DANDONG, China—There is something about boarding a train whose terminus is Pyongyang, North Korea—a certain spine-tingling chill that boarding passes to Cincinnati or Greyhound stubs for Stockton rarely elicit. Although nearly all of us who started out in Beijing would disembark at the last stop on the Chinese side of the border, I still fretted that I would oversleep and wake up to find myself under the boot of the world’s most brutal regime—and with no former U.S. president to come rescue me.
No snafus though, and at 7:16 on a rainy Friday morning, after 14 hours of train travel, I arrived in Dandong, China’s largest border city. It’s bustling and chaotic, like most Chinese cities, although, notably for the Middle Kingdom, fewer than 1 million people live here. (China has about 200 cities with more than 1 million residents; the United States has only nine.) It sits astride the Yalu River, about half a mile across from the North Korean city of Sinuiju.
Viewed from Dandong, Sinuiju looks exhausted. On its riverbanks, you can see a few old factories, huge swaths of paint peeling off their sides and, judging by their lack of emissions, idle. At night, Dandong is lit up with neon signs, streetlights, and a massive TV tower perched atop a hill. Sinuiju, a city of more than 300,000, is in total darkness.
Dandong is characterized by its close proximity to the Hermit Kingdom. The city and its environs boast a population of about 30,000 China-born ethnic Koreans, and many store and restaurant signs are written in both Chinese characters and Korean letters. As much as 40 percent of all trade in and out of North Korea (including copious amounts of foreign aid) passes through the city via the so-called Sino-Korean Friendship Bridge. The local cuisine, meanwhile, features many Korean elements, although it is nowhere near as tasty as the Korean food in Seoul—or in Los Angeles, for that matter.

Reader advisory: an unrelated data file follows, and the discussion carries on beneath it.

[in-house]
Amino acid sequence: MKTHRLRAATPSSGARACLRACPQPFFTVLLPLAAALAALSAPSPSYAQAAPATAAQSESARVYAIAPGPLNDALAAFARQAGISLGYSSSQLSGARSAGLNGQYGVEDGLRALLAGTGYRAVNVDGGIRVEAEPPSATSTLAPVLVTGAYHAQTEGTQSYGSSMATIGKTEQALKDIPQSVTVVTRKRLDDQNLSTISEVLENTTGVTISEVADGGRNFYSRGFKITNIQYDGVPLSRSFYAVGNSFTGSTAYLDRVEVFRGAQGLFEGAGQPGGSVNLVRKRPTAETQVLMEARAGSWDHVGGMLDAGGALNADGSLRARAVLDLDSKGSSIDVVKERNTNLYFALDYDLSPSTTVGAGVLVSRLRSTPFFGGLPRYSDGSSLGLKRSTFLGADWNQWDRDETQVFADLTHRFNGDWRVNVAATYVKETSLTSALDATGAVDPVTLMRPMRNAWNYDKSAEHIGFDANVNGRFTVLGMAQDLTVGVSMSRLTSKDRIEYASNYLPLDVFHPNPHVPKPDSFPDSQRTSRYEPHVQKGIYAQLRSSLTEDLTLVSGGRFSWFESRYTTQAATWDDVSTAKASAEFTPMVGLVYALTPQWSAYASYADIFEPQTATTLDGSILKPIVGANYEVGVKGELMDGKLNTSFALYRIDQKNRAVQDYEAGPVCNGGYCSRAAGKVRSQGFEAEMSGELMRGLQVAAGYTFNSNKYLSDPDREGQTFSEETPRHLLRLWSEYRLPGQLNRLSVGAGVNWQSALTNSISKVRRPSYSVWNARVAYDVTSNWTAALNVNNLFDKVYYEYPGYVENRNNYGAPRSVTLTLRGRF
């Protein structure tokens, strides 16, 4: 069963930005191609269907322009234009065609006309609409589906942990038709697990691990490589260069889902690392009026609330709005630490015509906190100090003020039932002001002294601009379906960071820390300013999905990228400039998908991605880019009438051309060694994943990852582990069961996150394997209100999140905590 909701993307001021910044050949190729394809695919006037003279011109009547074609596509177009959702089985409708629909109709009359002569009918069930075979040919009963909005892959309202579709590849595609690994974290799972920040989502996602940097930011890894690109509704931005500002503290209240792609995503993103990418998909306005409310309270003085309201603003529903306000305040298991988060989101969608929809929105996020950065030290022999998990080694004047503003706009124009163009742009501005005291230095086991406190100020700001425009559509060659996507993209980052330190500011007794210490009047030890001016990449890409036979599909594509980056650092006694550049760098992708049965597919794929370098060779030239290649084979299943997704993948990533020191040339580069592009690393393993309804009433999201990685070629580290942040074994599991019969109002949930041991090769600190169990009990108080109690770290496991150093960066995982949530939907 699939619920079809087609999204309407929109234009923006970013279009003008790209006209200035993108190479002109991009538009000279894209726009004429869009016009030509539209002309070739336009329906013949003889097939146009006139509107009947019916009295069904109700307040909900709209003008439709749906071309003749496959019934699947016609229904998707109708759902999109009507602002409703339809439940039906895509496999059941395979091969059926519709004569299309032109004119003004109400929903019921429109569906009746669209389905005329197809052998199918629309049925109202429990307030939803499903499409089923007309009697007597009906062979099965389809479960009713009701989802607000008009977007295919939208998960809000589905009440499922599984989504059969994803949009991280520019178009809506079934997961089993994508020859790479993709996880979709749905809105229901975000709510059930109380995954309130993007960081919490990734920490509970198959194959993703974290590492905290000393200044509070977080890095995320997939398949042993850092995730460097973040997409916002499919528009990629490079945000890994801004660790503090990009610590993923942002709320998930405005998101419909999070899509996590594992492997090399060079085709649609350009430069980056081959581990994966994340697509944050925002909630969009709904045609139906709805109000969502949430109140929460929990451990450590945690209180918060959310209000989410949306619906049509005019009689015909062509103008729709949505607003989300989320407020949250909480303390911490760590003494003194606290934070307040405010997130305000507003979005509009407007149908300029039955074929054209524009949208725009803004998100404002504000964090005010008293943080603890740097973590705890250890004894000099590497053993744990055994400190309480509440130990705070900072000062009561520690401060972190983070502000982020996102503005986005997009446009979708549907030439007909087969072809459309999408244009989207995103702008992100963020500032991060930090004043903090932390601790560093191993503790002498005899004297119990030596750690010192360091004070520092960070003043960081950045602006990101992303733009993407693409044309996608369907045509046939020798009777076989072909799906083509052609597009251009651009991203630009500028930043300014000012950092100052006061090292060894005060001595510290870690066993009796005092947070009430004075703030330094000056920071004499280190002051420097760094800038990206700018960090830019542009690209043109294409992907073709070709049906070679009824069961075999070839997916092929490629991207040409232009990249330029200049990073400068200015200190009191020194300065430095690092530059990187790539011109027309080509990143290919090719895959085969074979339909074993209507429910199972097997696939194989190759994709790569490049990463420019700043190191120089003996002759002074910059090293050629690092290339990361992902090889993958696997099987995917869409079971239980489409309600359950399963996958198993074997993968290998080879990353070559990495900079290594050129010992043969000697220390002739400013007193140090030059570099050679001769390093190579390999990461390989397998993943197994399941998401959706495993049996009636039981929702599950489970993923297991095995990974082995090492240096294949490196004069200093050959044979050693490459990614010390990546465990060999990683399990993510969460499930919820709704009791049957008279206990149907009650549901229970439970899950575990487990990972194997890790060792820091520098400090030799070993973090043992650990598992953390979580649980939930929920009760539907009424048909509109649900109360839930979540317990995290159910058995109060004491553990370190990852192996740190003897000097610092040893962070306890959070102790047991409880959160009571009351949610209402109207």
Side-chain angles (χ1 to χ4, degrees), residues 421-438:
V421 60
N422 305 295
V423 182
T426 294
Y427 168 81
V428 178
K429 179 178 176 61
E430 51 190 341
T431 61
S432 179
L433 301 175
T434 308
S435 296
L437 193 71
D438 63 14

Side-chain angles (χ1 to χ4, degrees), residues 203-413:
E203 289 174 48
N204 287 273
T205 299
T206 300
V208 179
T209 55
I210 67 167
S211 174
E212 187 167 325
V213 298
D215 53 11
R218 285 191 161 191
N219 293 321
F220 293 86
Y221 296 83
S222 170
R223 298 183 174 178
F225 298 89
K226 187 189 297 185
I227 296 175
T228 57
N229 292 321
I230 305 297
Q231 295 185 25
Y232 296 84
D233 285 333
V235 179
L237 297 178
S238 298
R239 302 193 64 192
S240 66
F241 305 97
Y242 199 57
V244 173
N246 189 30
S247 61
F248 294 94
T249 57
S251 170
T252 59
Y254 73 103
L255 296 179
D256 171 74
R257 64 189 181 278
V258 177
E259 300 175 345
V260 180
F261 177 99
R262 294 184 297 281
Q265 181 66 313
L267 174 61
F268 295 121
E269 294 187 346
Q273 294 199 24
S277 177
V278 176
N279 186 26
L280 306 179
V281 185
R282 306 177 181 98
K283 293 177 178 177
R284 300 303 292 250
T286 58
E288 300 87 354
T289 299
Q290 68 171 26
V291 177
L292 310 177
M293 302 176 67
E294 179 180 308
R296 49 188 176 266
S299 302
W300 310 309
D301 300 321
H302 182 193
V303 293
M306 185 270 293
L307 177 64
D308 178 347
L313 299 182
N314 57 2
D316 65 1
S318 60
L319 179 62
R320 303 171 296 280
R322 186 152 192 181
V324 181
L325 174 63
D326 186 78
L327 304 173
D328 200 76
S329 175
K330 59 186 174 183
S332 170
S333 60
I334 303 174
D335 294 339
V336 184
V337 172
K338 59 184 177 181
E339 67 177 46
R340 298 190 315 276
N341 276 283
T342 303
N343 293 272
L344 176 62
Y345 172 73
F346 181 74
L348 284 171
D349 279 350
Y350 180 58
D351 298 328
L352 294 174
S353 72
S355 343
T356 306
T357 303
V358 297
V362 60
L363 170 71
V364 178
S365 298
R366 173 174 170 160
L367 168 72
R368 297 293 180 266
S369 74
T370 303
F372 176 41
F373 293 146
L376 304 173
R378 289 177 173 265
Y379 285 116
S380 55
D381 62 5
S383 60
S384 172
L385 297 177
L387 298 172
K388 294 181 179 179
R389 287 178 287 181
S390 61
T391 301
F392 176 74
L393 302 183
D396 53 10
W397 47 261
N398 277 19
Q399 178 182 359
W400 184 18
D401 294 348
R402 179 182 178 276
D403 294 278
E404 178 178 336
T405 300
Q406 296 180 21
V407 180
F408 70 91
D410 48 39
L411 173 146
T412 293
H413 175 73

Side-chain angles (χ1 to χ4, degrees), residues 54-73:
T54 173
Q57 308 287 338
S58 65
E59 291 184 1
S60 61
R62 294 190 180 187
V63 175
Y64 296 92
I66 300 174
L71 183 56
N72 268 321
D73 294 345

Perhaps what is most striking is how little Korean you hear spoken in Dandong. Go to Tijuana or San Diego, and you’ll find a mélange of Spanish and Anglo culture. In Strasbourg, you encounter both French and German. But here in Dandong, less than a mile from North Korea, the absence of Korean is marked.
Borders are artificial things, yet they have profound consequences. Here, within sight of North Korea, there is no sign of Korean people—aside from the ethnic Koreans who are culturally Chinese. Korean restaurants are filled with Chinese diners, and when I speak Korean to the proprietors, they mumble a bit before switching to Chinese. Stores that sell explicitly Korean items, like hanbok—traditional Korean wedding attire—are run by Chinese people, and the customers are Chinese as well.
This cuts both ways. I spoke with dozens of Dandong locals—restaurateurs, shopkeepers, taxi drivers, college students, all of whom were born here. They’ve lived their whole lives within a mile or two of North Korea, close enough to see people walking on the other side of the river. Yet not one of them has ever crossed the Yalu. The old cliché, “so close, yet so far,” seems apt here. Stringent visa requirements and tight border security keep Dandong residents out.